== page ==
Charles Mynn Thruston (1738–1812) was a Virginian who led a regiment in the Continental Army during the American Revolutionary War. Before the war, he was an influential leader from the Shenandoah Valley. He raised a company of infantry at the start of the conflict and later commanded an ad hoc battalion. He was wounded at Trenton in December 1776. George Washington asked him to recruit Thruston’s Additional Continental Regiment in March 1777. At around the same time, Thruston was wounded and had his arm amputated. His regiment never achieved full strength and was absorbed by Gist’s Additional Continental Regiment two years later.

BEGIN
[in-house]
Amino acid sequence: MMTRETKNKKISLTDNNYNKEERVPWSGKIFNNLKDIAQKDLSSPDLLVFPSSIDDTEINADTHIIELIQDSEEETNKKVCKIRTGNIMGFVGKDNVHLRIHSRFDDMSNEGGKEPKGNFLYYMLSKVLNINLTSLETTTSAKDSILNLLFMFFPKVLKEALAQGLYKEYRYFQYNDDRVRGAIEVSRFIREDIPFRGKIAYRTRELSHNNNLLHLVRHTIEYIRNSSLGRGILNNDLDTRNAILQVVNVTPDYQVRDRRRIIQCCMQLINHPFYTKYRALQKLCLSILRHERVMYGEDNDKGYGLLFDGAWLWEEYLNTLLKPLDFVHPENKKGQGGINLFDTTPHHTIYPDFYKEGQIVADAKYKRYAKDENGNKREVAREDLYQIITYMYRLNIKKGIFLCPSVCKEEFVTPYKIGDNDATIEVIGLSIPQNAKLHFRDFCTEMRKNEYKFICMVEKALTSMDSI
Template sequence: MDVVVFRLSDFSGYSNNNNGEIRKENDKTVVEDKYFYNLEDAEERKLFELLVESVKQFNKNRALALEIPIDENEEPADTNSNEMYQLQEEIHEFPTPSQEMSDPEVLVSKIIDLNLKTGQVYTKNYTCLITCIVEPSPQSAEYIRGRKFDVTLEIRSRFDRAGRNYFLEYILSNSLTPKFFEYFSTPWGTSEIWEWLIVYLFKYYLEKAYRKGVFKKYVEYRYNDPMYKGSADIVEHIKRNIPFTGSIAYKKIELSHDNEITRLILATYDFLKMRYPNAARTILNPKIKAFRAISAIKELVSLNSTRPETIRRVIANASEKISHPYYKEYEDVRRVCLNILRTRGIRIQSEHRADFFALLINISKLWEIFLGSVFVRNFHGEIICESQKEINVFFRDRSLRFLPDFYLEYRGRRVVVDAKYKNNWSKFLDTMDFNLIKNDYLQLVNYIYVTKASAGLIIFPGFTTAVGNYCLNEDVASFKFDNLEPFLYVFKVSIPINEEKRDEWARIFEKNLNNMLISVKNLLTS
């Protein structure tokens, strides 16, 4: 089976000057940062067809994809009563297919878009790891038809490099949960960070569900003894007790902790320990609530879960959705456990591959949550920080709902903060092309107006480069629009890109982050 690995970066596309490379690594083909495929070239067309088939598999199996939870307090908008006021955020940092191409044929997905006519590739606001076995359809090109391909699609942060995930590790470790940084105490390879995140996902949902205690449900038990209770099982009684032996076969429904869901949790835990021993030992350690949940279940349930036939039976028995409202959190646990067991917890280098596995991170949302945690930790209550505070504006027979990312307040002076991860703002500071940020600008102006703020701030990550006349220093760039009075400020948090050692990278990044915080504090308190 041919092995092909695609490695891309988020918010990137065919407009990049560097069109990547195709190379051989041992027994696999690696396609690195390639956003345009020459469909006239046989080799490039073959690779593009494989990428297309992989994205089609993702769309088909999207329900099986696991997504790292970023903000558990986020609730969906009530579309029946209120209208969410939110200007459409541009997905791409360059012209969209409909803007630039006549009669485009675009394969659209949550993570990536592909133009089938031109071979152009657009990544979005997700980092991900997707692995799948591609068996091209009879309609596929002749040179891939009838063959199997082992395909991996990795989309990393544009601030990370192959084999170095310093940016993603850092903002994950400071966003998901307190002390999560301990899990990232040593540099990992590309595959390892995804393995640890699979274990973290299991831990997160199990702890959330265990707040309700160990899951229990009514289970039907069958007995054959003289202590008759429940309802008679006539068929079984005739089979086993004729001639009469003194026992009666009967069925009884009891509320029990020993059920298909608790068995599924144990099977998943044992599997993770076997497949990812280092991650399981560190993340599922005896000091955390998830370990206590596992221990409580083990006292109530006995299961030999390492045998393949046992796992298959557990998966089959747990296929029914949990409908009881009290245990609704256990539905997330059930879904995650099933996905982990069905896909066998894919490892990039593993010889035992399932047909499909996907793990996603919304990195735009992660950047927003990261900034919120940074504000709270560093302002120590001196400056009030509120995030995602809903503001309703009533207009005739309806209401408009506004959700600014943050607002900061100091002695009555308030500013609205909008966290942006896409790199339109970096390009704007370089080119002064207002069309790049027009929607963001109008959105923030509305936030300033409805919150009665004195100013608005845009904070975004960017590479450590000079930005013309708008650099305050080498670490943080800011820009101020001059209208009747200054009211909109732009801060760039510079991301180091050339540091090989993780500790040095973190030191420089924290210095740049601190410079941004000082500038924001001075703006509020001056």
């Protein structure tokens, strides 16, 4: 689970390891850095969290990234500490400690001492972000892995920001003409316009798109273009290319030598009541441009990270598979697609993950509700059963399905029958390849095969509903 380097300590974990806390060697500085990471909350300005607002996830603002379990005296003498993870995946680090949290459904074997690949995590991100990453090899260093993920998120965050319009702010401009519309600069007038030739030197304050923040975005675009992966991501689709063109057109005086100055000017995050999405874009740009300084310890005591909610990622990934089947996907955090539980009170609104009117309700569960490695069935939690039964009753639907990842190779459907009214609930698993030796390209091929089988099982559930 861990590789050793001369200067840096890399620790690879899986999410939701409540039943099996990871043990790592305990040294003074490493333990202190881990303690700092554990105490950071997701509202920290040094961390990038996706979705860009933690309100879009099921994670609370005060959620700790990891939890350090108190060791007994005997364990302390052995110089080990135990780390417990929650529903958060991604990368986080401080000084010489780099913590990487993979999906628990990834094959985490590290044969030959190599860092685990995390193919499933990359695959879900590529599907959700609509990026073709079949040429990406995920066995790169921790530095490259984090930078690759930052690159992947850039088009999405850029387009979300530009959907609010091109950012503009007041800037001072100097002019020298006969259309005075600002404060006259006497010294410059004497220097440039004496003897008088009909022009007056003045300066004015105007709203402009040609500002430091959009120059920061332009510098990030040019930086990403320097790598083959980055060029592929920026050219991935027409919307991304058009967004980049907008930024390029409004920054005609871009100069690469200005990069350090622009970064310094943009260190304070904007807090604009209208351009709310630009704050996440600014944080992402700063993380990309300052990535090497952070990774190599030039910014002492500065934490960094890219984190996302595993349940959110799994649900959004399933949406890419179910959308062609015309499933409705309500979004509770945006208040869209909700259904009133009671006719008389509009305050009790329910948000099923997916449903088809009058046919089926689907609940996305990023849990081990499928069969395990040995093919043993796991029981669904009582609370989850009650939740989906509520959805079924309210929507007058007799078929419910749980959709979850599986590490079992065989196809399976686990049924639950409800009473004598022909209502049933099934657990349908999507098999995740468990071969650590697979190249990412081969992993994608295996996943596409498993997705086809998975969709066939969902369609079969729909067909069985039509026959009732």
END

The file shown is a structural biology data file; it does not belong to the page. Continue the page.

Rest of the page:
After the war, Thruston became an Episcopal clergyman, a judge in Frederick County, Virginia, and a pro-slavery politician. He died in Louisiana in 1812.
Thruston was the father of U.S. Senator Buckner Thruston and the grandfather of U.S. Brigadier General Charles Mynn Thruston.